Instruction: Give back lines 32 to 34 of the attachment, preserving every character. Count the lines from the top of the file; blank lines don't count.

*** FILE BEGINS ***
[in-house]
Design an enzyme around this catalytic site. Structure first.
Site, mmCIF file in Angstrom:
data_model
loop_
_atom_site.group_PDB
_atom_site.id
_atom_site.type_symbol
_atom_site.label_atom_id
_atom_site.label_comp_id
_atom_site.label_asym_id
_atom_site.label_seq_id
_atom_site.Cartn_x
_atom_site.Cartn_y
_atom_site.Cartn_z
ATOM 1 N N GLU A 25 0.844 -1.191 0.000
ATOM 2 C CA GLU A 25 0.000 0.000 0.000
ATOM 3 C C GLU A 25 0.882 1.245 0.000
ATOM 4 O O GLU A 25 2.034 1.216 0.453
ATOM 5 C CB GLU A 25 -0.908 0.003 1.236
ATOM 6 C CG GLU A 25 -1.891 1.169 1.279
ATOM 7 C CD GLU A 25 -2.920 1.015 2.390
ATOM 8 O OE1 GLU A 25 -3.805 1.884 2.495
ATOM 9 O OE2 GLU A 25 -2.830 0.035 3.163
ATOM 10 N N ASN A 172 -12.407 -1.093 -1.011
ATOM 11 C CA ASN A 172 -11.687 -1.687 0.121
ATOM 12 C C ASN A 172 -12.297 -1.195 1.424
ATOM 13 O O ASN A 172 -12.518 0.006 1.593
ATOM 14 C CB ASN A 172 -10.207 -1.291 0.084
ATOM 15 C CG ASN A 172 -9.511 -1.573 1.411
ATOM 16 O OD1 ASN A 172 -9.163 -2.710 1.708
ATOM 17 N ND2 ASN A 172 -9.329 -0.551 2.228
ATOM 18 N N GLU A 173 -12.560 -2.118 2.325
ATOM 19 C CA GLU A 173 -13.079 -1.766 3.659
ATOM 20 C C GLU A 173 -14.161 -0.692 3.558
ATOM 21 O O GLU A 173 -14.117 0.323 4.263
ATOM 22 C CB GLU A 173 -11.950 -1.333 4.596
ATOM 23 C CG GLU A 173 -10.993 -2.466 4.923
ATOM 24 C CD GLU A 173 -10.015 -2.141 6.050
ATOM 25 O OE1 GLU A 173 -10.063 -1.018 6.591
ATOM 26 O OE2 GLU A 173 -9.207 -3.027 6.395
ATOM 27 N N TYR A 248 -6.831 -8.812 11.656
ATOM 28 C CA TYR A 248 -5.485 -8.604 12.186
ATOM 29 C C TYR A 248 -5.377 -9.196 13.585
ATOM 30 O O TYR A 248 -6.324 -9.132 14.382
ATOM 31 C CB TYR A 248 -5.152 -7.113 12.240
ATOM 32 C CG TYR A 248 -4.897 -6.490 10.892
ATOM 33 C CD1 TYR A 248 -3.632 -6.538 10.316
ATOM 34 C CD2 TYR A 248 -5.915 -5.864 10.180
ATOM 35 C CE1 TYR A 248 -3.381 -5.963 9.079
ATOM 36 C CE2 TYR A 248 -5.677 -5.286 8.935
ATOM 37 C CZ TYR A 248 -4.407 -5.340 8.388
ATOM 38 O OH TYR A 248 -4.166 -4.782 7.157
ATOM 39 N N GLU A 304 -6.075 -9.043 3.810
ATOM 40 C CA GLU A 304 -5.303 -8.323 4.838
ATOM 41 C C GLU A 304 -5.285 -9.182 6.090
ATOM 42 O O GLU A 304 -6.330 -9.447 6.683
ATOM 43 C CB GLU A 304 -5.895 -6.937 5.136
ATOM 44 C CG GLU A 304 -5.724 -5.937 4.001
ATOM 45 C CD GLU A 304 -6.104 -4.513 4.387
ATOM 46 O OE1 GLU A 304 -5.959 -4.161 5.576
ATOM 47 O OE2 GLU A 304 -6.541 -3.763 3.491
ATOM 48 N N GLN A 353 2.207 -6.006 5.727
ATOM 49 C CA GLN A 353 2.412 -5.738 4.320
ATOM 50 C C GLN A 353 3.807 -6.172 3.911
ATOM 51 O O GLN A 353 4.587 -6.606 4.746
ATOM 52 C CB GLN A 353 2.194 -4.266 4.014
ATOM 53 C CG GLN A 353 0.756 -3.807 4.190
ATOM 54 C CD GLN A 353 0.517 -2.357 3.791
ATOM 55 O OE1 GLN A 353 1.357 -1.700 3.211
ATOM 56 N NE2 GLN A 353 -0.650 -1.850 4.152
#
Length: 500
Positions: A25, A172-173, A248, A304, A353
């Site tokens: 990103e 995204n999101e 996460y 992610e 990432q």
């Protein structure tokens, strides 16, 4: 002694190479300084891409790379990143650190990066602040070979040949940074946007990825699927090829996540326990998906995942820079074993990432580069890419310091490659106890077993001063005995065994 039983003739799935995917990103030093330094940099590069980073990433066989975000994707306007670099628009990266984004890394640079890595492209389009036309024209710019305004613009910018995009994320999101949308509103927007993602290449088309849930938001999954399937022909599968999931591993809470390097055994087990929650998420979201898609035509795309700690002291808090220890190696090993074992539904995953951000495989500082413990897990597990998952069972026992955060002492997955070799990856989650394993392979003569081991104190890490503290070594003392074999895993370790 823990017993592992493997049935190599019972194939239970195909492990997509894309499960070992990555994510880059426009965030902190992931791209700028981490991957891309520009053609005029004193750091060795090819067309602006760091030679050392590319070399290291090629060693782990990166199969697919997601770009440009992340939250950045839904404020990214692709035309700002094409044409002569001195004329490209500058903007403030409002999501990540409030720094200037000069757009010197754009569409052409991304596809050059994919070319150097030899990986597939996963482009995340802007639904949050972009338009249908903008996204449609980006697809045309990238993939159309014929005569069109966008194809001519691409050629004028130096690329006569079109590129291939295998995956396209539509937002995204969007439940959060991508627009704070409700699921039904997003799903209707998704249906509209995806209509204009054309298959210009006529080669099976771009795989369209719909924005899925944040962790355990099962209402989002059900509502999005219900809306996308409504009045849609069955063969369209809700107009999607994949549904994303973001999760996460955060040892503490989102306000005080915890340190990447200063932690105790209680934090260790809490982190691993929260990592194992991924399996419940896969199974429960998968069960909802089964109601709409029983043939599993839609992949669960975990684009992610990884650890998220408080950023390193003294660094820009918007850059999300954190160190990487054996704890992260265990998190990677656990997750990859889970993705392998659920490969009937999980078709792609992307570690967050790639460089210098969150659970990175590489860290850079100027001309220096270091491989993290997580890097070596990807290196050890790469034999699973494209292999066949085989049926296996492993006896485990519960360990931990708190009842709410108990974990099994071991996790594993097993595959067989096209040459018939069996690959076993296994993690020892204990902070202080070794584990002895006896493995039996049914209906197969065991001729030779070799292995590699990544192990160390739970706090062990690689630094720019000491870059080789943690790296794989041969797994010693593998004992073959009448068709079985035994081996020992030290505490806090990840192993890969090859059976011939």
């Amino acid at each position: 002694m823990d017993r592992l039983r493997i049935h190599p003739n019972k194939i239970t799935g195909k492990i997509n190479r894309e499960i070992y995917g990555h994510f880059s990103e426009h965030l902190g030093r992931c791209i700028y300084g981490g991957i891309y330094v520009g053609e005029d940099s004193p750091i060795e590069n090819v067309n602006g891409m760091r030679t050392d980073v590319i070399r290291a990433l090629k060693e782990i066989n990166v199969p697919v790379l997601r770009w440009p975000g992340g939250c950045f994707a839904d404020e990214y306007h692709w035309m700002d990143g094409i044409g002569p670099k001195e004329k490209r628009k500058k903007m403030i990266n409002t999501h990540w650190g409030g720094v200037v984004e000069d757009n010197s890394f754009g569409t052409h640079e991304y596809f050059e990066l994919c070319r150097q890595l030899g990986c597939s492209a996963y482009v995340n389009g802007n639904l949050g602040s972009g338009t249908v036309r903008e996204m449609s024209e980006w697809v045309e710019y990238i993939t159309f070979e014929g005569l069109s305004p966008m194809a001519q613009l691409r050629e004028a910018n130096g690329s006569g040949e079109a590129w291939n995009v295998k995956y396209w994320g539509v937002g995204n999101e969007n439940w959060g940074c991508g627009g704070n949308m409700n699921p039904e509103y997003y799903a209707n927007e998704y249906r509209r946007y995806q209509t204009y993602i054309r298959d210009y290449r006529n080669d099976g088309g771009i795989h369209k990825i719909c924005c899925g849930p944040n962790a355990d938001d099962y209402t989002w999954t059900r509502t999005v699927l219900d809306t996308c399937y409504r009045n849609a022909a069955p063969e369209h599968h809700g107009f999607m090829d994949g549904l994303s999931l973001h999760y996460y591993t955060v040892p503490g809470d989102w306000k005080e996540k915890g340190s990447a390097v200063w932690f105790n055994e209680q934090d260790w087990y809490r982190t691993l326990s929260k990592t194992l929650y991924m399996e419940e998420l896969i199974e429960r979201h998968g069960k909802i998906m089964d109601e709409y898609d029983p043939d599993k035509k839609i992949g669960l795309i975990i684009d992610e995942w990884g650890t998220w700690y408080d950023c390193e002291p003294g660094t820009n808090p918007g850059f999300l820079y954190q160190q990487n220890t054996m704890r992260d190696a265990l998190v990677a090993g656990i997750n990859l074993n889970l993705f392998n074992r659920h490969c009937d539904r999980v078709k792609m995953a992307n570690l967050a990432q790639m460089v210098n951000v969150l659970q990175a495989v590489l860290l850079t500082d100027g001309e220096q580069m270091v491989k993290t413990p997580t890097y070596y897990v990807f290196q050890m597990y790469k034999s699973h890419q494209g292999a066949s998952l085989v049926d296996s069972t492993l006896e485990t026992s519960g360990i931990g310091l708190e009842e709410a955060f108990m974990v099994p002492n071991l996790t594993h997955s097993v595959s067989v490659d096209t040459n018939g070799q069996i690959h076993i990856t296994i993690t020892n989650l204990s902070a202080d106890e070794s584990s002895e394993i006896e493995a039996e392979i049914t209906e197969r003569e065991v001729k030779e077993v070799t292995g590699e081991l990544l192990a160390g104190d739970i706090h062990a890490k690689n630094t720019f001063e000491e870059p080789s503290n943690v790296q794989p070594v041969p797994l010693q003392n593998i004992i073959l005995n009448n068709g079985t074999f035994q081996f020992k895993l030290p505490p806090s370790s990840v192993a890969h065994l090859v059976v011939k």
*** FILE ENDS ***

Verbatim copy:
ATOM 17 N ND2 ASN A 172 -9.329 -0.551 2.228
ATOM 18 N N GLU A 173 -12.560 -2.118 2.325
ATOM 19 C CA GLU A 173 -13.079 -1.766 3.659